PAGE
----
Undoubtedly the 8 megapixel camera is one of the key features of the Samsung i8910 Omnia HD. It delivered promising results when we previewed it a couple of times even if it wasn't finely tuned yet so we expected it to be among the best we have seen now.
The LED flash might be a disappointment to some but the reason is LED can also be used as a video light. And video is certainly what the phone is really about. We'll get to it in a little while.
The camera key is comfortable enough to work with and the UI has been altered to provide better touch experience. It is very comfortable with the most frequently used shortcuts only a tap away.
The range of settings offered by the Samsung i8910 Omnia HD is immense: from manual white balance and ISO to exposure compensation, saturation, sharpness and contrast. Various effects are also at hand as well as Face and Smile detection.
The smile shutter is trying to make sure the person you are photographing is going to be smiling on the photo. You just press the shutter and the camera will automatically detect when your subject is smiling and take the shot. We tried it several times and it worked pretty well, although if there are several faces in the frame the camera doesn't wait for all of them to smile.
Blink detection is also available but it only alerts you that the person on the photo you just took has blinked. This one certainly is more of a marketing gimmick than anything else. It would have been more useful if the camera delayed taking the shot instead. In other words - it's better to help you avoid making a crappy photo than yelling at you for doing so.
The geotagging of images is also enabled and this is certainly good news. The Samsung i8910 Omnia HD puts the built-in GPS receiver to use, recording the location of each photo in the EXIF.
You also get the company's proprietary wide dynamic range (WDR) feature, which decreases contrast thus increasing the dynamic range of the camera. The results are usually photos with much more detail in the shadow areas than one would have gotten otherwise.
The image quality the Samsung i8910 Omnia HD produces is pretty much as good as we have seen on a mobile phone. The color rendering is spot-on, contrast and dynamic range are also great. Fine detail is also very good although if anything could be improved - that's exactly it. In comparison to the Sasmung i8510 INNOV8 one can notice that the INNOV9 delivers more detail in the center of the frame than the Omnia HD. The touchscreen handset however strikes back with better corner sharpness. That difference in the sharpness of the two is probably due to the differences in the lenses used.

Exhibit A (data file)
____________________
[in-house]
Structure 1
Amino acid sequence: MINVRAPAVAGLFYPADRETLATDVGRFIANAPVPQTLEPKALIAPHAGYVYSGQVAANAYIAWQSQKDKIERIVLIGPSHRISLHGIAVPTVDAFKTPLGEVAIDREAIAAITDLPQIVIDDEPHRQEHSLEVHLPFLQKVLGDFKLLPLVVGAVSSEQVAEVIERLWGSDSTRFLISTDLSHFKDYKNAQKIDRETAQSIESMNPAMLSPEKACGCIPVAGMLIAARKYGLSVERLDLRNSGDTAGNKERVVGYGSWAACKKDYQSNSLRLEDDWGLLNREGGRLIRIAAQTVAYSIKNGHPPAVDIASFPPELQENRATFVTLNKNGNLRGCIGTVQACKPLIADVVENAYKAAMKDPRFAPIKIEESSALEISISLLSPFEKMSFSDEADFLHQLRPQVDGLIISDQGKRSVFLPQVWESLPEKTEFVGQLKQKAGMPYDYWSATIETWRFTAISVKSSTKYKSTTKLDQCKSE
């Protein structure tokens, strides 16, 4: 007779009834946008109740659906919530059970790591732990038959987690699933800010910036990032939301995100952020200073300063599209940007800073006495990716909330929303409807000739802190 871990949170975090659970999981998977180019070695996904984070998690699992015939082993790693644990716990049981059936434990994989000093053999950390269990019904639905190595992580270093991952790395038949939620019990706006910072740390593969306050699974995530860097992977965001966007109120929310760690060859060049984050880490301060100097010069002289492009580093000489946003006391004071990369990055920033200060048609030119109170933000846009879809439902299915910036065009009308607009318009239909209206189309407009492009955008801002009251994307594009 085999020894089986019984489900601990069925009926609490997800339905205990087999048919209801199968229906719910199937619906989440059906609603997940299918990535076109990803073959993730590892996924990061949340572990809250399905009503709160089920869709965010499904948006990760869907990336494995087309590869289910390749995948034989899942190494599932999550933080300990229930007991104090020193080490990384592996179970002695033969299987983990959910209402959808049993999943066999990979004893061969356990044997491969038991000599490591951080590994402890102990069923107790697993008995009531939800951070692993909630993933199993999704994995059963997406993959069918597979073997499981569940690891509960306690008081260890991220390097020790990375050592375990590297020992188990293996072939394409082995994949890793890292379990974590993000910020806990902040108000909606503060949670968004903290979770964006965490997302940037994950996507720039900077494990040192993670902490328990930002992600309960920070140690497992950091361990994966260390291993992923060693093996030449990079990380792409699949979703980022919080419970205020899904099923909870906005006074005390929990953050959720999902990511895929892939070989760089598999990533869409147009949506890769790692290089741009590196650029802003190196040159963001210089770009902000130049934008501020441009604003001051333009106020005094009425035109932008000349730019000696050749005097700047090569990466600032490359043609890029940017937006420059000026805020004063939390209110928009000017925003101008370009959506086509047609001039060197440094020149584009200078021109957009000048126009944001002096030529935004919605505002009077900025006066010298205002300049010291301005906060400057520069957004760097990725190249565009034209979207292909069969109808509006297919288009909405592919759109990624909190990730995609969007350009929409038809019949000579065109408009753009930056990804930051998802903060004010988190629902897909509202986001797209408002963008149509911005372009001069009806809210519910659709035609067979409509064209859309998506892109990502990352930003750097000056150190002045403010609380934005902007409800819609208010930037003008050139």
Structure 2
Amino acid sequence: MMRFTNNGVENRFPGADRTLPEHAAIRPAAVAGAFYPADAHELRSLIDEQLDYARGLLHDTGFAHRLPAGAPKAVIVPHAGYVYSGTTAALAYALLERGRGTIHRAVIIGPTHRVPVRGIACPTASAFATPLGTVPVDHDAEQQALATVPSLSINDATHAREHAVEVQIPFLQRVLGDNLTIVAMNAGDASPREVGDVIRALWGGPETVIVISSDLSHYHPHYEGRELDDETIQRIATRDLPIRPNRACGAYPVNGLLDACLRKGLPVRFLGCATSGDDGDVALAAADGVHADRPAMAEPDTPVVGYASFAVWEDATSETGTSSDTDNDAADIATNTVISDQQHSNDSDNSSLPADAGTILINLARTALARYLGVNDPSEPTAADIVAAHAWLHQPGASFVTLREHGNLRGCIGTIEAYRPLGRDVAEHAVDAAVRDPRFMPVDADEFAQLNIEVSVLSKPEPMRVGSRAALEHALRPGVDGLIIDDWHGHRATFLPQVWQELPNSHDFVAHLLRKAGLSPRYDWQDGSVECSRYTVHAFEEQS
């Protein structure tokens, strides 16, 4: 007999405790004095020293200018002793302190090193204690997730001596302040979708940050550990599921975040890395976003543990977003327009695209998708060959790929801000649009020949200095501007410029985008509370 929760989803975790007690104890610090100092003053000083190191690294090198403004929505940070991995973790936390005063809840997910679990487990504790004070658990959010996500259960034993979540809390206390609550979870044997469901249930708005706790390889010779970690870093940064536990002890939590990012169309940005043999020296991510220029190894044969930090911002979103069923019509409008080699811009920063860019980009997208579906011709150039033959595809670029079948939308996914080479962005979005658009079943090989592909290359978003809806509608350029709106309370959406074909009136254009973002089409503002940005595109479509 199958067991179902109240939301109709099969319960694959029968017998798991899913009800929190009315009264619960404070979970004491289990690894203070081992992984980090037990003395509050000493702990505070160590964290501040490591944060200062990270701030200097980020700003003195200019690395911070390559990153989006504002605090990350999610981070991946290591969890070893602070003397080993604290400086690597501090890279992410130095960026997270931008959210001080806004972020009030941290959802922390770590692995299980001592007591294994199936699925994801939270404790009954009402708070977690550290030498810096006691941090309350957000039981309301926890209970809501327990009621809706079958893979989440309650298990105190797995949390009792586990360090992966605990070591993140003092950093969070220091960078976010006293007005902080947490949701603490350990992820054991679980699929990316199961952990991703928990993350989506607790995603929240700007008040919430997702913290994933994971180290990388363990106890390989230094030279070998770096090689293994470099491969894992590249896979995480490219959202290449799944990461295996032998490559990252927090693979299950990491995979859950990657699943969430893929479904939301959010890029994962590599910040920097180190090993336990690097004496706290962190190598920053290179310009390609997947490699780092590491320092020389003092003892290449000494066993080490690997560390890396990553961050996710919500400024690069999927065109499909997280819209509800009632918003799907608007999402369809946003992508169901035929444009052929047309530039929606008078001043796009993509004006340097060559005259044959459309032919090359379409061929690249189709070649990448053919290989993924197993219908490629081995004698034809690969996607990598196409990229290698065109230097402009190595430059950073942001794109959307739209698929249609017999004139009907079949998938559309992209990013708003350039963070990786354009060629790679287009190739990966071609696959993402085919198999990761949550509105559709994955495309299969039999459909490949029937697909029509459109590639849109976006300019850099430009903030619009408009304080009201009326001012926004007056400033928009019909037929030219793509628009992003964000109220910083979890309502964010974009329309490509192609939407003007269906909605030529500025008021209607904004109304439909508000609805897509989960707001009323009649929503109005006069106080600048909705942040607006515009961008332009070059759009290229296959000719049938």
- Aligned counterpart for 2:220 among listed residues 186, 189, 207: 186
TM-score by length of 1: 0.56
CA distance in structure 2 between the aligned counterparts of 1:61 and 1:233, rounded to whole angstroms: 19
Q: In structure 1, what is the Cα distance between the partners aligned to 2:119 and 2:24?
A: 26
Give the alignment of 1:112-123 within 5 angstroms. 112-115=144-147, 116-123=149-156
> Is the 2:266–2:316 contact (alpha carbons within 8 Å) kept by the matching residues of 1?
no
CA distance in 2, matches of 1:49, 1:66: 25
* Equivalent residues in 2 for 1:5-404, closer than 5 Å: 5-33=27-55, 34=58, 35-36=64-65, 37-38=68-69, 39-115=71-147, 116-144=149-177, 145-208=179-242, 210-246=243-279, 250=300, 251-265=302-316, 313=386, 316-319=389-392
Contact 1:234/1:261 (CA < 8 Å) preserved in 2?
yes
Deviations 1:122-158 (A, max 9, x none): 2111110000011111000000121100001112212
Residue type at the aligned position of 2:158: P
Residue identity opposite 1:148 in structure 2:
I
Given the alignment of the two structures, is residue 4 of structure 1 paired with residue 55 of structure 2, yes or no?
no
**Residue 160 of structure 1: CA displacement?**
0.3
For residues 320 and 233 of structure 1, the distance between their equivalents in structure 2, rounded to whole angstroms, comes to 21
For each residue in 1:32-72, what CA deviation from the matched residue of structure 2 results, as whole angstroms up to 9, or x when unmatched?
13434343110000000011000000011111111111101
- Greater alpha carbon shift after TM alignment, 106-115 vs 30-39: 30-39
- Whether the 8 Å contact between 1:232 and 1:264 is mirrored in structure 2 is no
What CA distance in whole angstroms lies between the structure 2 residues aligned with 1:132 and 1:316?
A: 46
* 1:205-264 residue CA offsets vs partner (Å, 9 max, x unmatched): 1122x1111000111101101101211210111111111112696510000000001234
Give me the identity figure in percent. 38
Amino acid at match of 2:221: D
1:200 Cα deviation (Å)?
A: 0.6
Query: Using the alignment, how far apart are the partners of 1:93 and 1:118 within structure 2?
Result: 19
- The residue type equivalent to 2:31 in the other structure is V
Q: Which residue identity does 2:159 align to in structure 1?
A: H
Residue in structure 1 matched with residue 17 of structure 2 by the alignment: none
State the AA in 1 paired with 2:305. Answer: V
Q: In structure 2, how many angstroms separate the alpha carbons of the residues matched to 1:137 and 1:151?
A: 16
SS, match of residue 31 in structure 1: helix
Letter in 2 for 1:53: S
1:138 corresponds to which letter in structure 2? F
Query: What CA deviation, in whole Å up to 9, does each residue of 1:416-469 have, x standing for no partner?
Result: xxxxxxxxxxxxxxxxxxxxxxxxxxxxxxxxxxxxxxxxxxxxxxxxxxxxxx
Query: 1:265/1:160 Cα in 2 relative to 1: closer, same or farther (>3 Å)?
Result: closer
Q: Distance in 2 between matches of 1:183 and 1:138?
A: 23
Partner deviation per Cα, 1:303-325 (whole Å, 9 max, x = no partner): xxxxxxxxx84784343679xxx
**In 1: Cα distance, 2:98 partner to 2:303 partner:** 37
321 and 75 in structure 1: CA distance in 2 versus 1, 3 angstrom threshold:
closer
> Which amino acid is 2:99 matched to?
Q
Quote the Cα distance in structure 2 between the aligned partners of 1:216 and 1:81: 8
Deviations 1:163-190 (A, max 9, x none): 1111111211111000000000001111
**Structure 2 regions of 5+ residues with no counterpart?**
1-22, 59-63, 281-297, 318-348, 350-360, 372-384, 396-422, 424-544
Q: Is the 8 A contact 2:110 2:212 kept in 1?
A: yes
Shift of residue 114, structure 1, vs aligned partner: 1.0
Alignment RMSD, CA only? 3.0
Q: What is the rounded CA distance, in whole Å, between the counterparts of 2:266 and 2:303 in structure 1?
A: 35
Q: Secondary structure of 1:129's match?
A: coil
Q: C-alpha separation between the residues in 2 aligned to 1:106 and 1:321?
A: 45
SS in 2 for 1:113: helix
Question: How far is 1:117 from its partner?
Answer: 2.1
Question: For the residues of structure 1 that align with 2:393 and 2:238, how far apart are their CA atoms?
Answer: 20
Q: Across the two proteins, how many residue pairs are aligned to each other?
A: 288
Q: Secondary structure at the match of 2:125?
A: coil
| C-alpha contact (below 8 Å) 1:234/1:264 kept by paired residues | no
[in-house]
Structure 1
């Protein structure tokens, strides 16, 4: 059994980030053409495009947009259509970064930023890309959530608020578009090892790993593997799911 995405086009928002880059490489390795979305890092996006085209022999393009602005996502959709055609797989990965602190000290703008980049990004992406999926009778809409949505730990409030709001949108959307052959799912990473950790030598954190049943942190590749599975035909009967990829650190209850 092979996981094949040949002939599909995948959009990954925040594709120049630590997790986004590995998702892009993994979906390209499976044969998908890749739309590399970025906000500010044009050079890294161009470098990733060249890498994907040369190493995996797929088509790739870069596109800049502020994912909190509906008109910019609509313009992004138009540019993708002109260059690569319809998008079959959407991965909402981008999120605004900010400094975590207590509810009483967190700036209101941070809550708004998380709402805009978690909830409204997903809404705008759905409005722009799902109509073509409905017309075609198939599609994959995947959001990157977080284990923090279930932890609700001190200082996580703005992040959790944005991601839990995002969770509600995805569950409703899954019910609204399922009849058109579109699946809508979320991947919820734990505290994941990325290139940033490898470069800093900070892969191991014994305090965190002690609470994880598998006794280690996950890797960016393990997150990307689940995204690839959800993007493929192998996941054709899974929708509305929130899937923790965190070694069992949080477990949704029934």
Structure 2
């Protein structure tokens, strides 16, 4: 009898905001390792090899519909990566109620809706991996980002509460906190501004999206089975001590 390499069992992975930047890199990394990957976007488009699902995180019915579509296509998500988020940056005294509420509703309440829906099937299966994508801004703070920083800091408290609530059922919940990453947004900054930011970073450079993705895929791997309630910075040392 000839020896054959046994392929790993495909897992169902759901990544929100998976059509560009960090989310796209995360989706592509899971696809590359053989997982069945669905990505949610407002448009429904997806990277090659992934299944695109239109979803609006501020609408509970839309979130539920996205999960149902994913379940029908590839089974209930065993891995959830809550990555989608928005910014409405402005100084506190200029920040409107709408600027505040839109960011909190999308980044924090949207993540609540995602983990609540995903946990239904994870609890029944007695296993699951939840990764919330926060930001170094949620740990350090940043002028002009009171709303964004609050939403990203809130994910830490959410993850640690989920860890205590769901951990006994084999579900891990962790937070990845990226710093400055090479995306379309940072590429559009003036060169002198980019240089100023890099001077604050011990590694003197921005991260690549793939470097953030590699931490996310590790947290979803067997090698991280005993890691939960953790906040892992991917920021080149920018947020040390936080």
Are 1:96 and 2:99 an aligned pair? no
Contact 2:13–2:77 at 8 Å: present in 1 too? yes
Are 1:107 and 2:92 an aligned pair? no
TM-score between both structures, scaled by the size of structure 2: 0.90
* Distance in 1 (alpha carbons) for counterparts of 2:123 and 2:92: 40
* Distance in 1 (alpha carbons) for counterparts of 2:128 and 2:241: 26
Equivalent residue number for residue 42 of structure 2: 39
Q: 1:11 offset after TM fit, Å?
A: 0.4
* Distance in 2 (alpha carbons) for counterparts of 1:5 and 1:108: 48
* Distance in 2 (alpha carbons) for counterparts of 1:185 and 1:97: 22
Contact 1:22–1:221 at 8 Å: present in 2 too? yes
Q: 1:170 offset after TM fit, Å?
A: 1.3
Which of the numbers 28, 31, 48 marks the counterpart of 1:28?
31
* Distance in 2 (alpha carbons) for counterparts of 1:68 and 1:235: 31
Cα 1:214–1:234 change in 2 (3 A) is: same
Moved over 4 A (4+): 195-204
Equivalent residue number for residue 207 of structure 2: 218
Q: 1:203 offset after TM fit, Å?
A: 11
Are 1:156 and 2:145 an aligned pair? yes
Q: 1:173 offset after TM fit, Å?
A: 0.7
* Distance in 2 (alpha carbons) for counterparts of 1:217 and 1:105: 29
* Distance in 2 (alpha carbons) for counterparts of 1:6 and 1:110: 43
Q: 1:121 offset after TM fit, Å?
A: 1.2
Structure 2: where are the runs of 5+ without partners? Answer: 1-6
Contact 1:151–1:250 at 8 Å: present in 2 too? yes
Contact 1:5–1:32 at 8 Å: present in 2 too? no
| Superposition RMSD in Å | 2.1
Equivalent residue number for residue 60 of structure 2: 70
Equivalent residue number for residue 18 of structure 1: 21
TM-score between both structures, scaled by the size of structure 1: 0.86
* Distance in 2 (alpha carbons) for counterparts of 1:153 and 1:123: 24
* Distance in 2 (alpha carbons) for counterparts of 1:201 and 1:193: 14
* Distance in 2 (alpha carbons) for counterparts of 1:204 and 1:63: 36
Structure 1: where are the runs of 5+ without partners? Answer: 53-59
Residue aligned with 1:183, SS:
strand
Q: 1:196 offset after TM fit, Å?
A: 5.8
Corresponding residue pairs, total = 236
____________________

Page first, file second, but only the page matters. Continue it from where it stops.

The colors of the photos, taken with the INNOV8, are more saturated than those of the Omnia HD. We did mention that when you browse the photos on the Omnia they are automatically boosted to look more appealing but when downloaded to a computer they retain their original "natural" looks and feel. This gives you more options for post processing but if you aren't into that the results might not look as good as the INNOV8 to you. We guess you can increase the saturation and contrast in camera to achieve similar results - the settings are all there for you to tweak.
Certainly the best part about the Omnia HD camera (and the INNOV8 but we have already discussed that) is there are no major flows of any kind. No traces of oversharpening, no lack of contrast and no excessive noise. Plus, getting the exposure right at all times makes sure most of the photos are keepers.
We have prepared quite a large number of samples for you to enjoy and appreciate the fine quality of the images taken with the Samsung i8910 Omnia HD. For starters here's the brief shootout that we made between it and the INNOV8.
And there go some more photos from the 8 megapixel camera of the Samsung i8910.
Since there aren't virtually no changes in the processing algorithm compared to the last pre-release sample that we previewed you can also check those out as a good reference.
Finally we also give you a bunch of samples that demonstrate what one can achieve with the Samsung Omnia HD and some basic knowledge of image editing. Down-sampled to 1024 x 768 those photos are certainly impressive and can easily rival point-and-shoot camera results in similar conditions.
We also snapped our resolution chart with the Samsung i8910 Omnia HD. You can check out what that test is all about here.